In the EFL Group in Linkedin, there was a discussion topic: Who Owns English? There was no agreement about the ownership. Neither was there agreement about what bad English is and what is correct. Several said that teachers in England were not discouraging the use of ‘bad’ English (like ‘nope’), which means that children continue to speak in their ‘regional varieties’ in school. A member expressed the view that despite the efforts by the French Academy with its rules, French is being ‘bastardised’, which clearly indicates that English is not the only language which consists of several varieties. Some others said there’s no standard English and that the ‘educated’ variety is being paraded as ‘standard’, which  in fact is only one of the dialects.  

The English language within different nationalities
The Englishes spoken by North Americans, the Canadians, the Australians, the New Zealanders, the South Africans are languages in their own right, not deviations of the ‘educated’ dialect or other dialects spoken in England, and there’s been no attempt to get these nationalities to conform to the dialect of the ‘educated’ one in England; they have their own ‘educated’ variety that may vary from the other dialects spoken in these countries. Interestingly, certain expressions in the American variety are being absorbed into the British variety (like ‘if I’d have known’).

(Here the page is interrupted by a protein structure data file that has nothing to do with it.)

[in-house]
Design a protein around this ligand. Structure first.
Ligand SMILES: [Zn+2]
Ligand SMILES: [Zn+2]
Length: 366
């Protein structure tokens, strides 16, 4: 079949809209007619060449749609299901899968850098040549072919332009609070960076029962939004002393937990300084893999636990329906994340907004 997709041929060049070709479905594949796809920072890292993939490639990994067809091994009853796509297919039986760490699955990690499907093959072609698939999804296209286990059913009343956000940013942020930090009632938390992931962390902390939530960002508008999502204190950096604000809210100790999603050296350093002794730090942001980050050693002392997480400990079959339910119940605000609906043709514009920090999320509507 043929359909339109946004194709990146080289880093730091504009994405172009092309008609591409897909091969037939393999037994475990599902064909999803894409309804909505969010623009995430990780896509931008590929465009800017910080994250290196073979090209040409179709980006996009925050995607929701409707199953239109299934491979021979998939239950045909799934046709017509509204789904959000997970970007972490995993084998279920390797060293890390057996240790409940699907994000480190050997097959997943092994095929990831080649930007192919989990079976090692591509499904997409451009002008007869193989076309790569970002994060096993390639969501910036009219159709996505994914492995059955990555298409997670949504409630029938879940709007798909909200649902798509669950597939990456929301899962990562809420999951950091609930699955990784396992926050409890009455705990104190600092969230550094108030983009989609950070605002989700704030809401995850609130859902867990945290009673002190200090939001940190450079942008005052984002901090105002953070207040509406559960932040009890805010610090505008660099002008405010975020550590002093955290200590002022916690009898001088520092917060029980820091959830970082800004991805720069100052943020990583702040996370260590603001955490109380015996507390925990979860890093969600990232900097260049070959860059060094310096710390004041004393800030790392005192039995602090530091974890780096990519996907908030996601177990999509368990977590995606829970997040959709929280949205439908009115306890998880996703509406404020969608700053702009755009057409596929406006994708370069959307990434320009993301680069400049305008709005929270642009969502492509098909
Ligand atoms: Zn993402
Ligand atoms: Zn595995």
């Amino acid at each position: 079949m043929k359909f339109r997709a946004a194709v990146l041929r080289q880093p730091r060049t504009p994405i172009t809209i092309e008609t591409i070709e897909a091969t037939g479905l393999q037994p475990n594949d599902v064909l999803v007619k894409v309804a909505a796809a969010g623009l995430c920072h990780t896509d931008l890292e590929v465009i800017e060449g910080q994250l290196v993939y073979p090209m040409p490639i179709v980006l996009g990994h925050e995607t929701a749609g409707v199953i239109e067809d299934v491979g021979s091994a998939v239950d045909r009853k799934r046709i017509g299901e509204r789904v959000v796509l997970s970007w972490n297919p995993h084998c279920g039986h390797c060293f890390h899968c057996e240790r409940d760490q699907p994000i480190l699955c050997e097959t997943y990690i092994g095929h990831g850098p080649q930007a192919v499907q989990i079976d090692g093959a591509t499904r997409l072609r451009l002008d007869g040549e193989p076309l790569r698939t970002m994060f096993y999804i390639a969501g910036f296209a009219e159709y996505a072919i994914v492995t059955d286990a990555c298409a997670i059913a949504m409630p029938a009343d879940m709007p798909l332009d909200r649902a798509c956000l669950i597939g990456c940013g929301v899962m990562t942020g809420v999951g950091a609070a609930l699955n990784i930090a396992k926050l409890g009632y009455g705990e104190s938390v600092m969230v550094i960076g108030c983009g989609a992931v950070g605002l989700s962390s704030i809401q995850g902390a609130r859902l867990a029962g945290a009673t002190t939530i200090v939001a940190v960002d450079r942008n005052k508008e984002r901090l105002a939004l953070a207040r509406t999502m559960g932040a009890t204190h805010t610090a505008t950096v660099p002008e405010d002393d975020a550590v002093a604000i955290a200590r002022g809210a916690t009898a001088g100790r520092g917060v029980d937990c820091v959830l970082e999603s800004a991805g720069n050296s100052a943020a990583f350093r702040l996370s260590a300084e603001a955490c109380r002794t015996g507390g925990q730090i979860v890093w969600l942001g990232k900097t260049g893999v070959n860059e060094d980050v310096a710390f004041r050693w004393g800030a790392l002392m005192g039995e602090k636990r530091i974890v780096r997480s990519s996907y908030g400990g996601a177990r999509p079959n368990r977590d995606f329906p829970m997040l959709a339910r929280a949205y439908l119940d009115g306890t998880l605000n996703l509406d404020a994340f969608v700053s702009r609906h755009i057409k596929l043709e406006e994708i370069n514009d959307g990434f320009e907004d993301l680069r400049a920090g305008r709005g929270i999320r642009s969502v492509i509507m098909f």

The English language spoken in non-native countries
For reasons that need not be gone into here, an L1 user learns another’s language as L2, 3 or 4 (‘target language’—TL) that is already in use in their society, it is the ‘educated’ variety of the TL that is taught, and when learners don’t follow its grammars, the ‘deviations’ are termed as ‘errors’ that are called in Second Language Acquisition (SLA) literature as Interlanguage Stabilisations (temporary halt in learning) and Fossilisations (permanent halt in learning). One term that covers such errors is ‘mother tongue interference’. (But I prefer to use the term ‘mother tongue influences’, which is very natural in my humble opinion.) Teachers are expected to employ strategies to ‘correct’ these errors and learners, to accept the corrections and conform to the ‘educated’ variety.